Weekly eLetter 3/3/2023 – Great News: Fed ‘Acutely aware’.
If you noted a tinge of cynicism in our headline, good for you. Your eyebrows might find a sympathetic rhythm with ours.
Via a press release we learn that the Fed is clearly of the opinion that it is still they who occupy the driver’s seat vis-à-vis the U.S. economy. From the report:
“The U.S. Federal Reserve is “acutely aware” of the challenges high inflation poses to the economy and is “strongly committed” to its 2% target for price increases, the central bank said on Friday in its latest semiannual report to Congress on monetary policy and the economy.”
The document, largely a backward-looking summary of recent economic developments and Fed policy meetings, noted what have become the dominant themes for Fed debate – a labor market where workers remain in short supply, economic growth that likely needs to slow further to temper price hikes, and inflation that remains “well above the Federal Open Market Committee’s objective.”
“In response…the FOMC continued to rapidly increase interest rates and reduce its securities holdings,” the report said, and also “anticipates that ongoing increases in the target range will be appropriate.”
The document noted that U.S. financial conditions have tightened since the Fed’s last report to Congress in June and hinted that the impact of monetary policy was intensifying in some corners of the economy.
Business loans by banks grew through 2022 “but decelerated in the fourth quarter,” the report said. “Some indicators of future business defaults are somewhat elevated.”
Household loan delinquency rates were rising, and mortgage issuance “continued to decline materially.”
Fed Chair Jerome Powell will discuss the report and Fed policy in back-to-back congressional hearings next week, appearing at 10 a.m. EST Tuesday before the Senate Banking Committee and Wednesday at 10 a.m. before the House Financial Services Committee.
One point we wish they – the Fed – had included in their comments was a view on where we are on the time line of excess liquidity and the absorption of that liquidity. While the Fed is still focused on a ‘need’ to drag the economy down – as is their strategy to defeat inflation – we would be more encouraged if they recognized the ‘pig-in-the-python’ problem of money supply which, by the measure of M2, is falling dramatically. That’s good thing – since the very root cause of inflation is too much money chasing too few goods – reducing the output of the money-printing machine will have the greatest effect on reducing inflation.
We have some concern that rising mortgage delinquencies and increasing credit card balances will, if the trend is sustained, become a serious drag on consumer confidence and spending. That would not portend a bright future for equities. However, our job is to always protect our client’s interest and find the best balance offered in, and by, every situation.
Ron’s Market Minute – Whiplash!
I believe most everyone has heard the phrase ‘The trend is your friend’ which means that all one needs to do is determine what the trend of the market is (up or down?) and follow it. A piece of cake. Sometimes.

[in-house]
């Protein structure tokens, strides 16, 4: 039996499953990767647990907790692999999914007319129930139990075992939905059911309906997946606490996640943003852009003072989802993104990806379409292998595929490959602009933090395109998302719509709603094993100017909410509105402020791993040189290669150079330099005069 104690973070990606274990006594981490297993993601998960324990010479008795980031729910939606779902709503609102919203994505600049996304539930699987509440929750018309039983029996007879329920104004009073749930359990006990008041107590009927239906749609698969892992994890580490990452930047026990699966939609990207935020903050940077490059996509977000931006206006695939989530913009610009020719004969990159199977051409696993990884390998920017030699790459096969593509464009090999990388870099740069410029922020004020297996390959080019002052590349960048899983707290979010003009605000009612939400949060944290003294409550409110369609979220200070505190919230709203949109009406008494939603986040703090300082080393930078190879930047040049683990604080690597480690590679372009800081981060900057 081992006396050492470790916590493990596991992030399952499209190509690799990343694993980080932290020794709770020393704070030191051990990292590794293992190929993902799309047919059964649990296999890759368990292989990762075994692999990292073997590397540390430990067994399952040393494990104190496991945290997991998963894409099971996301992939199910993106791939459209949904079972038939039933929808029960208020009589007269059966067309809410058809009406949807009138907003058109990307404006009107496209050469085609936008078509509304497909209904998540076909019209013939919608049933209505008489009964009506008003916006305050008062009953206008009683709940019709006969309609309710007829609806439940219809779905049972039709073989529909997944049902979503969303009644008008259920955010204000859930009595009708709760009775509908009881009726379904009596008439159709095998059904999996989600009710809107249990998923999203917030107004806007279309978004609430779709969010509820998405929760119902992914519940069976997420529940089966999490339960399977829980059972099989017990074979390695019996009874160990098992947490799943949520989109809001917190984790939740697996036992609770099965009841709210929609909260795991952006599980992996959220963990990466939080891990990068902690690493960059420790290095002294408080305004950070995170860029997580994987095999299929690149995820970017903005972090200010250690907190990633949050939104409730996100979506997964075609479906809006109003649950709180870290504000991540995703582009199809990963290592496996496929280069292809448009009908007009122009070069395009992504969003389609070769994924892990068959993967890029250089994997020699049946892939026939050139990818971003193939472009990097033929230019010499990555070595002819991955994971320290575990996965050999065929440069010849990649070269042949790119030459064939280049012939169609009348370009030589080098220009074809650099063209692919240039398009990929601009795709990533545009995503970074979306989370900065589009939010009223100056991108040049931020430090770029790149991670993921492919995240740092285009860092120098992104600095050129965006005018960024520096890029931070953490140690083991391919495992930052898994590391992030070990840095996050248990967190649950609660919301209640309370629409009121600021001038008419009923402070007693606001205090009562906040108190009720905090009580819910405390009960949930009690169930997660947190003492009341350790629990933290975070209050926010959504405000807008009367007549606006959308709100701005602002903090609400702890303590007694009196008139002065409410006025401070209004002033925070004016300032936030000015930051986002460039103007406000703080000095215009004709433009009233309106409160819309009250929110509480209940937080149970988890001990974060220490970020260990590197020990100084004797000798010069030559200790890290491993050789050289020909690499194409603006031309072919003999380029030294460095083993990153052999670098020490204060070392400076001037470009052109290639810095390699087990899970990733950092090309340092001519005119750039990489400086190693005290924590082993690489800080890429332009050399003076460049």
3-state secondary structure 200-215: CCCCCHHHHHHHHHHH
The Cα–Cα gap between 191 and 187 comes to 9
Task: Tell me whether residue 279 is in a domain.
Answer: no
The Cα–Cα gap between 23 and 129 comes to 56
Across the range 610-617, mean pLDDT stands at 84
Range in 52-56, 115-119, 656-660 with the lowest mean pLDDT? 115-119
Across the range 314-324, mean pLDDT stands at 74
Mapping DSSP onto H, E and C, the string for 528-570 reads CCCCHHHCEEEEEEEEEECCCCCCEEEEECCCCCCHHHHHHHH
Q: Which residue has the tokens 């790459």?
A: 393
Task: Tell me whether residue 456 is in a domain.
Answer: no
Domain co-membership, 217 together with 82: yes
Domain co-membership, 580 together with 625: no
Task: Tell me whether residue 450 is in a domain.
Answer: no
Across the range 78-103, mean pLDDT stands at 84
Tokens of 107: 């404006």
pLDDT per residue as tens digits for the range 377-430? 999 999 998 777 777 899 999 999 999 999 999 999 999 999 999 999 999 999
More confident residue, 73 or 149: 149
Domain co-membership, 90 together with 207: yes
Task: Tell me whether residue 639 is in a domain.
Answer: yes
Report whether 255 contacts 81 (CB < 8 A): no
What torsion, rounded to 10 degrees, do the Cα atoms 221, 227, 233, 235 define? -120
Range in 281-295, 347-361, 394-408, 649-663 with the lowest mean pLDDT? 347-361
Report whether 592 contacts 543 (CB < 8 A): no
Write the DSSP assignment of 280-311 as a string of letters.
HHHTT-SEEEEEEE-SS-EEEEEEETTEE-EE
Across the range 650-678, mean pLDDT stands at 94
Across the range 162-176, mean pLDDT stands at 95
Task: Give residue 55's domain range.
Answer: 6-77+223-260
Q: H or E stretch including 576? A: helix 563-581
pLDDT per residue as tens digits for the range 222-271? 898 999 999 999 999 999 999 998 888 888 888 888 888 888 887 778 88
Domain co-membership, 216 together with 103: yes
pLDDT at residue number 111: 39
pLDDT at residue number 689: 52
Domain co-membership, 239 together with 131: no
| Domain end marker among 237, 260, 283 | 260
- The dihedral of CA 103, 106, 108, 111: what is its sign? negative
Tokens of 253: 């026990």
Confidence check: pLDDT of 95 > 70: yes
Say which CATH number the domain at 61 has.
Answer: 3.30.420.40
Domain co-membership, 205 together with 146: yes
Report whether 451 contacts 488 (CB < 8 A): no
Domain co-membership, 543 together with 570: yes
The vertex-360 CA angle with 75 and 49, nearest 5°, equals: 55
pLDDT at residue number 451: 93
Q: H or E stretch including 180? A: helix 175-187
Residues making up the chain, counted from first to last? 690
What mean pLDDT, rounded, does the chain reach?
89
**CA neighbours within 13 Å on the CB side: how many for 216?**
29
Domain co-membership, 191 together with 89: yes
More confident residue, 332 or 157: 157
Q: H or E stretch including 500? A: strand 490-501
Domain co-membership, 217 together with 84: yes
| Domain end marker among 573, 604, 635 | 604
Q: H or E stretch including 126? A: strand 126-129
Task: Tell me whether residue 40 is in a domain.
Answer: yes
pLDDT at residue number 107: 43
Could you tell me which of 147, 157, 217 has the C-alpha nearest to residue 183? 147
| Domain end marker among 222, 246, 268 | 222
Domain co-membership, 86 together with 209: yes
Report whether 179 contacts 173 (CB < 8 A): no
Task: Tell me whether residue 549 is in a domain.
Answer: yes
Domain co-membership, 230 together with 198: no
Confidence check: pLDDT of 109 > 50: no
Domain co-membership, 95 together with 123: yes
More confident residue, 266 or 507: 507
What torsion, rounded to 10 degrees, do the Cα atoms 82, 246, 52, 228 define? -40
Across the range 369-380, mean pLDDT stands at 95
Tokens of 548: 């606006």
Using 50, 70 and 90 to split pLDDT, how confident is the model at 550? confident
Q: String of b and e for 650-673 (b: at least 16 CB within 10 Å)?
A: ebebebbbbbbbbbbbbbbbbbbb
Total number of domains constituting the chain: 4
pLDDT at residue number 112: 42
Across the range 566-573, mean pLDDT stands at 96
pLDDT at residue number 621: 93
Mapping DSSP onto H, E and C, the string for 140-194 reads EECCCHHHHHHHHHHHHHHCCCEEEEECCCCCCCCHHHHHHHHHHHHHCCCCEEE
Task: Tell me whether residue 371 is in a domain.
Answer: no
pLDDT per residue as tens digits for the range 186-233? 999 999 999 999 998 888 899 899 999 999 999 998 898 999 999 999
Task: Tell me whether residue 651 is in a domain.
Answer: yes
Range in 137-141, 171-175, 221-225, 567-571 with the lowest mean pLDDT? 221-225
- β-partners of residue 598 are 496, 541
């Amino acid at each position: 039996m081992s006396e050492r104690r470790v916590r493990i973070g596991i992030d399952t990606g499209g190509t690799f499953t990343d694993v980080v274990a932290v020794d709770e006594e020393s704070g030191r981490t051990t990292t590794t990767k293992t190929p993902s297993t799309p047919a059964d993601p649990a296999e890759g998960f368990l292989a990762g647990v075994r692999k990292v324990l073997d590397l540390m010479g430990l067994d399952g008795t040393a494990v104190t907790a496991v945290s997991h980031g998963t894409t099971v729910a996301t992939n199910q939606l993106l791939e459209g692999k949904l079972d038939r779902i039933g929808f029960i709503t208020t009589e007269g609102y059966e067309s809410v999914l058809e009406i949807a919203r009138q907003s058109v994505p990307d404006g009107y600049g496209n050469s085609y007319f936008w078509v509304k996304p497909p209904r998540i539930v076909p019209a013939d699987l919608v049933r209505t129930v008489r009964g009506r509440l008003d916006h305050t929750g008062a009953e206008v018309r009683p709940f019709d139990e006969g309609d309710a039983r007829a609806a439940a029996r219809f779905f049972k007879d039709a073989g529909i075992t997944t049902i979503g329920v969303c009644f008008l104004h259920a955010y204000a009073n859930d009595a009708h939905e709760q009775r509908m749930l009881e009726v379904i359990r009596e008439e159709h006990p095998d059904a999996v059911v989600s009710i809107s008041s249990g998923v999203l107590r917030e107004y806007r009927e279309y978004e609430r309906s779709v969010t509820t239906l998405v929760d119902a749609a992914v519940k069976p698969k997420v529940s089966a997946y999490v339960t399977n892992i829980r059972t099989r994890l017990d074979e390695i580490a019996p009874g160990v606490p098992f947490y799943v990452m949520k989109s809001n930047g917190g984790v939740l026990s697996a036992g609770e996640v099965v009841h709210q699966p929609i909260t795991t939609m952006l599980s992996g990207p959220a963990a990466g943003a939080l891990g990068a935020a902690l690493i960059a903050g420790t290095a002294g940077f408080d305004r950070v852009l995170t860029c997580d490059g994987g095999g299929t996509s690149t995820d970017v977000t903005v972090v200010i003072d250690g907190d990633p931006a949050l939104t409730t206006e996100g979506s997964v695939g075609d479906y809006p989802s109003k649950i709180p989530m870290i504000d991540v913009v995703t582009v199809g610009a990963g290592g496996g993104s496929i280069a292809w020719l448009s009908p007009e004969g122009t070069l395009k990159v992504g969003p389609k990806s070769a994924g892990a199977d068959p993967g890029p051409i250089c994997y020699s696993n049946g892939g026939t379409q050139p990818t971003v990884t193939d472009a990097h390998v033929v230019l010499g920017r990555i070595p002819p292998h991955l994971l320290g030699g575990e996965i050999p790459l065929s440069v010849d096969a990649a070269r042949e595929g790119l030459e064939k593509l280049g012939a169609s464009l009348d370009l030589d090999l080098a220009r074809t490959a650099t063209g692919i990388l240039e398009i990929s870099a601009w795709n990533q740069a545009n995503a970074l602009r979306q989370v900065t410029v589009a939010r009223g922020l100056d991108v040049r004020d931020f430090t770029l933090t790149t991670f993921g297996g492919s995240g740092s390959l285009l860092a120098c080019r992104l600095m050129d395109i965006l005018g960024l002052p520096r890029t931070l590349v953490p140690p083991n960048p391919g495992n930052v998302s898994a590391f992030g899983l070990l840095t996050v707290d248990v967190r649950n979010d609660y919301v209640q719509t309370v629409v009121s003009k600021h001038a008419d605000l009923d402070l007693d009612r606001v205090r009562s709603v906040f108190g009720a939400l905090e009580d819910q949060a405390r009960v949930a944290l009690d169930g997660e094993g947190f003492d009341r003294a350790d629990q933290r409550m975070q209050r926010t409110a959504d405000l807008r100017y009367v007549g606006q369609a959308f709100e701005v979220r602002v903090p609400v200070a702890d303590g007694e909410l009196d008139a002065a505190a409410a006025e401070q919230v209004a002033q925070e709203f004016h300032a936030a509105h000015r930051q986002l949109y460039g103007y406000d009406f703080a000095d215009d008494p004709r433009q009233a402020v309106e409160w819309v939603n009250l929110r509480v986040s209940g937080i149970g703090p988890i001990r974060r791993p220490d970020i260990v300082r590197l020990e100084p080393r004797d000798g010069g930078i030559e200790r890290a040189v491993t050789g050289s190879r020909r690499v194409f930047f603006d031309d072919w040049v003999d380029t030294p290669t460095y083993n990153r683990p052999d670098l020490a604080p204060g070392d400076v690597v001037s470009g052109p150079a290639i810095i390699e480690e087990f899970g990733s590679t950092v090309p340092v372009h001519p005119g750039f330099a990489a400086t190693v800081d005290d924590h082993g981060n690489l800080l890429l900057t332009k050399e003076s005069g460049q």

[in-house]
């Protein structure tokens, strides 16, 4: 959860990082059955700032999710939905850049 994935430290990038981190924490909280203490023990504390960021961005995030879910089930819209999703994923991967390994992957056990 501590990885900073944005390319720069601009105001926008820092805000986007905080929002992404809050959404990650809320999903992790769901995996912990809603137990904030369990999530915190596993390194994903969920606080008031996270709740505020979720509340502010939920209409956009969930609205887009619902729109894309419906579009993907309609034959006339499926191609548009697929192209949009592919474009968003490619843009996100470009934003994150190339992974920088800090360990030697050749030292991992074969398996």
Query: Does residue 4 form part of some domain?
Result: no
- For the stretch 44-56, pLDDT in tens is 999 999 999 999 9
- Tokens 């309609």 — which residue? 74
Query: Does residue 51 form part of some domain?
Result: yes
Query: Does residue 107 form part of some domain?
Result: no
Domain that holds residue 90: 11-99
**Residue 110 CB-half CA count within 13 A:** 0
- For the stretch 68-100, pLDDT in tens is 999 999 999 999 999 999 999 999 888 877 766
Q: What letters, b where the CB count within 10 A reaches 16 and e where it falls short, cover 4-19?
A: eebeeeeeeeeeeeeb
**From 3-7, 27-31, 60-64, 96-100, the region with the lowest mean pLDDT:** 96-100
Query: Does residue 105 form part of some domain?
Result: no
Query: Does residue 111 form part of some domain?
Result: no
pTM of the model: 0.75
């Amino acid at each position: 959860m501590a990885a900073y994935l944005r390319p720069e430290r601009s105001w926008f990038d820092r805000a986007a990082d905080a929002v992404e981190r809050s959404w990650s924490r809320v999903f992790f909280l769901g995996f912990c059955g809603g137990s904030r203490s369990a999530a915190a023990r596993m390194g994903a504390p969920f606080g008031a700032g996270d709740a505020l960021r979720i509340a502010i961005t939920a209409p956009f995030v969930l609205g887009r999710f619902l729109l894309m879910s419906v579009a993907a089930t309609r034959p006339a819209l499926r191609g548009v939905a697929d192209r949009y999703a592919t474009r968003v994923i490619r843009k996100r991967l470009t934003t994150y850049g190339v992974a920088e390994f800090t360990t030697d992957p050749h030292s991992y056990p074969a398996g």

But the market has been a tough place for trend-followers since the beginning of January 2022 when we experienced a bearish trend signal. Let’s simplify with this chart.
The chart illustrates that daily price of the S&P 500 Index over the past twelve months. Each day’s indicator shows the range of price of the index for that day. You’ll note that we’ve drawn a blue line across the chart from left to right. This is the 200-day moving average of the price and is one of the most widely followed indicators of the trend of the market. Most technical study courses begin with this indicator as it’s easy to follow (sometimes). When the price of the index is ABOVE the line the market is said to be in an upward trend, and when it’s BELOW the line it’s said to be in a downward trend. An investor that follows this trend indicator would then be IN the market when the trend it up and OUT OF the market when the trend is down. A trend continues until something changes.
In an ideal world, the trends tend to be long-lasting which allows investors to hop on the main trend and invest into the market or avoid the downtrend and step aside. But alas, it is not an ideal world much of the time. And of late, there have been rather more crosses above and below the line than investors would like to see. This frequent crossing above and below an indicator is known as ‘whiplash’. It causes us, as portfolio managers to invest in a holding only to find that, in short order, we have a signal that says it’s time to avoid that particular holding, or even to perhaps avoid the ‘market’.
So, the point of this is: if prior signals are resulting in whiplashes, why should we respect the signals now? (Yes, you have probably been wondering about this!)
Whipsaws are a part of the process for trend-following indicators. We can reduce the number of whipsaws by smoothing some of the lines, but we cannot totally eliminate (or even illuminate) them.
Traders and investors are always looking to catch the big main trends but to do so they must learn to live with the whipsaws. It is an occasional headache and is a cost of doing business. We never know when a signal is the beginning of a long, profitable trend, or merely a whipsaw. In order to catch those profitable trends, we must follow the indicators and invest when they indicate that a current trend COULD BE the start of something useful.
Ronald P. Denk, CFP®
Denk Strategic Wealth Partners
10000 N. 31st Avenue, Suite D406A
Phoenix, AZ 85051
Phone (602) 252-8700
Fax (602) 252-8701
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